• DoD “Precariously Underprepared” for Security Challenges of Climate Change

    The United States Army War College recently released a report exploring the broad impact climate change will have on national security and U.S. Army operations, and offering what it describes as urgent recommendations. The second sentence of the report captures the report’s tone and argument: “The Department of Defense is precariously underprepared for the national security implications of climate change-induced global security challenges.”

  • Winning the Cyber War Is Not a Job the Army Can Do Alone

    Britain has not been legally at war since 1945. Despite this, we have been in perpetual conflict since then and, apart from 1969, have lost soldiers on operations every single year. Today the sphere of that conflict now very much includes the online world where our adversaries – from Russian disinformation disseminators to IS’s terrorist cyber warriors – are a shadowy, but perpetual threat. In this increasingly antagonistic world, we must organize ourselves accordingly.

  • Faint Foreshocks Foretell California Earthquakes

    New research mining data from a catalog of more than 1.8 million southern California earthquakes found that nearly three-fourths of the time, foreshocks signaled a quake’s readiness to strike from days to weeks before the mainshock hit, a revelation that could advance earthquake forecasting.

  • British Army to Engage in Social Media Warfare as New Cyber Division Unveiled

    The British Army is to engage in social media warfare, its most senior soldier has announced as he launched a new division of the military dedicated to fighting cyber threats. The new formation, titled 6 Division (6 Div), will seek to influence the behavior of the public and adversaries by specializing in “information warfare.” It is expected to react to social media “attacks” on Britain, and proactively launch similar offensives.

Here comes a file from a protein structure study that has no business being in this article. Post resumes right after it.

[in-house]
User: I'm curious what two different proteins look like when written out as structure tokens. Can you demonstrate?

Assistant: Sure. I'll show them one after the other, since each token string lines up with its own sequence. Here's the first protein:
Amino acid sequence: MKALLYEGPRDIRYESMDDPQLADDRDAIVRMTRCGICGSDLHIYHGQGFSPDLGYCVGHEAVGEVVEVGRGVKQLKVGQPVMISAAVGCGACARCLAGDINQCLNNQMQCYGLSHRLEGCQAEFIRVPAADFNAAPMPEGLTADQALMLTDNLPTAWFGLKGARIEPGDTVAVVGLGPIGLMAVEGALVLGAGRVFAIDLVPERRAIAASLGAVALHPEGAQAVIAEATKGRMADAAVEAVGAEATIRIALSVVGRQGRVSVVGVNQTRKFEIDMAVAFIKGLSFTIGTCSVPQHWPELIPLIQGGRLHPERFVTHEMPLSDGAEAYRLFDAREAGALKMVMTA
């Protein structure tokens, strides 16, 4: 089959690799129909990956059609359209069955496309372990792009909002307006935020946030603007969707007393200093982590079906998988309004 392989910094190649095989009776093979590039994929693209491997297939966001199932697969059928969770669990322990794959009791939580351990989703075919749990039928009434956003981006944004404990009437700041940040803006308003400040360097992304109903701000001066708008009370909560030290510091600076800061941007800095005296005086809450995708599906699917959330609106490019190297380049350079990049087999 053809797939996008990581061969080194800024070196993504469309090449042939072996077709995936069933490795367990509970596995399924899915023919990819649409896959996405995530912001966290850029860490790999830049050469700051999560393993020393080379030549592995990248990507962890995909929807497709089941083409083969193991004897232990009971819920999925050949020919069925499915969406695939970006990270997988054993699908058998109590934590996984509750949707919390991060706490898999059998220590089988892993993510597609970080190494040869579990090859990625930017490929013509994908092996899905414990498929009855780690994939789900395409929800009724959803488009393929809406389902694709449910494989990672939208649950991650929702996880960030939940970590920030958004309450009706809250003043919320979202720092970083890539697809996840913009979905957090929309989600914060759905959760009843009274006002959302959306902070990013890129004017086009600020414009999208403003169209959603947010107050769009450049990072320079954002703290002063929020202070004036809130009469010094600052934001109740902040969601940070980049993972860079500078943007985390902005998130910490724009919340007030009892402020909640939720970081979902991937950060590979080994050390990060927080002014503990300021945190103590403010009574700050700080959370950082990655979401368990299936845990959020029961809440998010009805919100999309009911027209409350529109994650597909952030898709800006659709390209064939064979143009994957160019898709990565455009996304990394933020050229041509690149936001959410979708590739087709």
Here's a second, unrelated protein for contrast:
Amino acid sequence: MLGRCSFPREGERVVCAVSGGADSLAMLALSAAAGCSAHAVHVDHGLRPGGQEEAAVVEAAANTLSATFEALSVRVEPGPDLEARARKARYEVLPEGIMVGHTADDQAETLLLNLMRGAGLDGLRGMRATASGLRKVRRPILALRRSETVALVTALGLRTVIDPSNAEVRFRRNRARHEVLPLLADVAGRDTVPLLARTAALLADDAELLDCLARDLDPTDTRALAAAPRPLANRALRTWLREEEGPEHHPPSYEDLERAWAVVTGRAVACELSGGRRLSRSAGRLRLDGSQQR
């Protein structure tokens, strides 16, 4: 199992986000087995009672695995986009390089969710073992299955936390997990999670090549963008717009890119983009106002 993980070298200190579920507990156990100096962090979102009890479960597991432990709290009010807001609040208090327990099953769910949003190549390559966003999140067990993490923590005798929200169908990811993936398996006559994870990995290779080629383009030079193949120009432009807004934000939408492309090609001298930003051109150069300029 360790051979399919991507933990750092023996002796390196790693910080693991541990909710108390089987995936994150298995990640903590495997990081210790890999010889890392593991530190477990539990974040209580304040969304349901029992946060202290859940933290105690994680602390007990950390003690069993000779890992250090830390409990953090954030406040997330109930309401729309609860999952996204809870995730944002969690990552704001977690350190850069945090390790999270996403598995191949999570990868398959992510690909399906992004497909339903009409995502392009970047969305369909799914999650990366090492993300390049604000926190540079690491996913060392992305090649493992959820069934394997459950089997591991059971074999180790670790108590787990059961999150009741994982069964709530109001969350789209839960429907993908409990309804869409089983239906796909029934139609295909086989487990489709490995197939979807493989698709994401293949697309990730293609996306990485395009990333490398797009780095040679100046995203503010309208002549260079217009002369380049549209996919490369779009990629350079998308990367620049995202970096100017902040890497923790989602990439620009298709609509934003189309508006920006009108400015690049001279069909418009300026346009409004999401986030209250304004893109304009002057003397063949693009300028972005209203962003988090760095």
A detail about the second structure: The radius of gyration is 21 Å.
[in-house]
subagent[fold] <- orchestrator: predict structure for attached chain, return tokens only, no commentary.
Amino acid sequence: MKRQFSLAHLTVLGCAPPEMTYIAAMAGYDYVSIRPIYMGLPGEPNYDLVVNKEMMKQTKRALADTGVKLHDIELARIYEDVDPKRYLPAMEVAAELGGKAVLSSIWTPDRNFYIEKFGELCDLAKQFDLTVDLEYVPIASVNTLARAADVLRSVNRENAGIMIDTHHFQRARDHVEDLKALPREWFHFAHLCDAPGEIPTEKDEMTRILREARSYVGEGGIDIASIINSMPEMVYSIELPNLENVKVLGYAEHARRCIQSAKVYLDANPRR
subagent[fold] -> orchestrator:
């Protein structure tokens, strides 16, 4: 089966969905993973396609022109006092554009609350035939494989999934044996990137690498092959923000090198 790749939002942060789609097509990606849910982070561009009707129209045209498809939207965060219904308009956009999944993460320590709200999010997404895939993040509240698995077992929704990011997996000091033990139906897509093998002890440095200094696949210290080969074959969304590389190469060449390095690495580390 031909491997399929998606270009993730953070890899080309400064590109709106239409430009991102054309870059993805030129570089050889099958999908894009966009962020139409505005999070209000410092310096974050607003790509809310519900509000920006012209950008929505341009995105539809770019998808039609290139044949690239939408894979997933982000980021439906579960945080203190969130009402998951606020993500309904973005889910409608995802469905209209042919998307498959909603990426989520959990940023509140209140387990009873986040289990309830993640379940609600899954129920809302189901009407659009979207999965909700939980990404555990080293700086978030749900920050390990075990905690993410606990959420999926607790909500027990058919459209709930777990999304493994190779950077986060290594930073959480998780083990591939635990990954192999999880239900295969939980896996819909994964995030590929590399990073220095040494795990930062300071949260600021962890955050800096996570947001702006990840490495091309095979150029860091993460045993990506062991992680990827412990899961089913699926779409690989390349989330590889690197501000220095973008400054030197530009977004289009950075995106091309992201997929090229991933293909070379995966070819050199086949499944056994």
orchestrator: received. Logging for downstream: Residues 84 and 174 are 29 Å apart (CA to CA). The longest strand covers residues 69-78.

• Worst Rainfall in 150 Years Damages Pennsylvania Homes, Roads

    According to the 150 years of data used by the National Weather Service, 2018 was the wettest year in the Berks region of Pennsylvania, with 68.08 inches of precipitation measured at Reading Regional Airport. This year is ahead of last year’s pace, with 38.21 inches already, far above the normal rate of 24.18 inches. Records for the wettest 12-month period are being set each month, according to the weather service. Some municipal officials say their infrastructure and stormwater management systems can’t handle the amount of rain we’re now receiving, and they are trying to figure out what type of improvements they can afford.

  • Americas’ Longest-Running Insurgency: Lessons for U.S. Longest-Running War

    In 2016, Colombia achieved a remarkable success by seemingly bringing to an end the Western Hemisphere’s longest-running insurgency. The Revolutionary Armed Forces of Colombia (FARC) has been at war with government forces for more than fifty years. And yet here was a negotiated settlement by which two parties that had been fighting for generations agreed to lay down their arms—by which the guerrilla organization itself would be brought into the government’s formal power structures. The case raises important questions—not least for a U.S. government that watches the clock on its own counterinsurgency efforts in Afghanistan tick ever closer to two decades. How was this possible? And are there lessons that can be exported and applied to other intransigent conflicts, like Afghanistan?

  • Sounding the Alarm about Another Kind of 9/11

    Richard Clarke knows some things about clear and present dangers. As the first U.S. counterterrorism czar, he tried to alert important White House decision-makers before September 11 about the threat of a terrorist attack on U.S. soil, but those warnings were largely ignored; afterwards, he famously apologized publicly for the government’s failures. These days, Clarke is trying to get people to think hard about the next big attack—the cyber version—and all the ones that have already happened.

  • Bashar al-Assad’s Updated, Sinister Version of Biological Warfare

    Biological warfare is generally understood as the deliberate wartime introduction of a lethal pathogen with the intent to kill or maim. Syria under President Bashar al-Assad is pursuing a sinister variation—one with long and dangerous historical precedents. Assad’s government has allowed pathogens normally controlled by public health measures—such as clean water, sanitation, waste disposal, vaccination, and infection control—to emerge as biological weapons through the deliberate destruction and withholding of those measures. The conflict has in effect reversed public health advances to achieve levels of disease not seen since the Napoleonic era.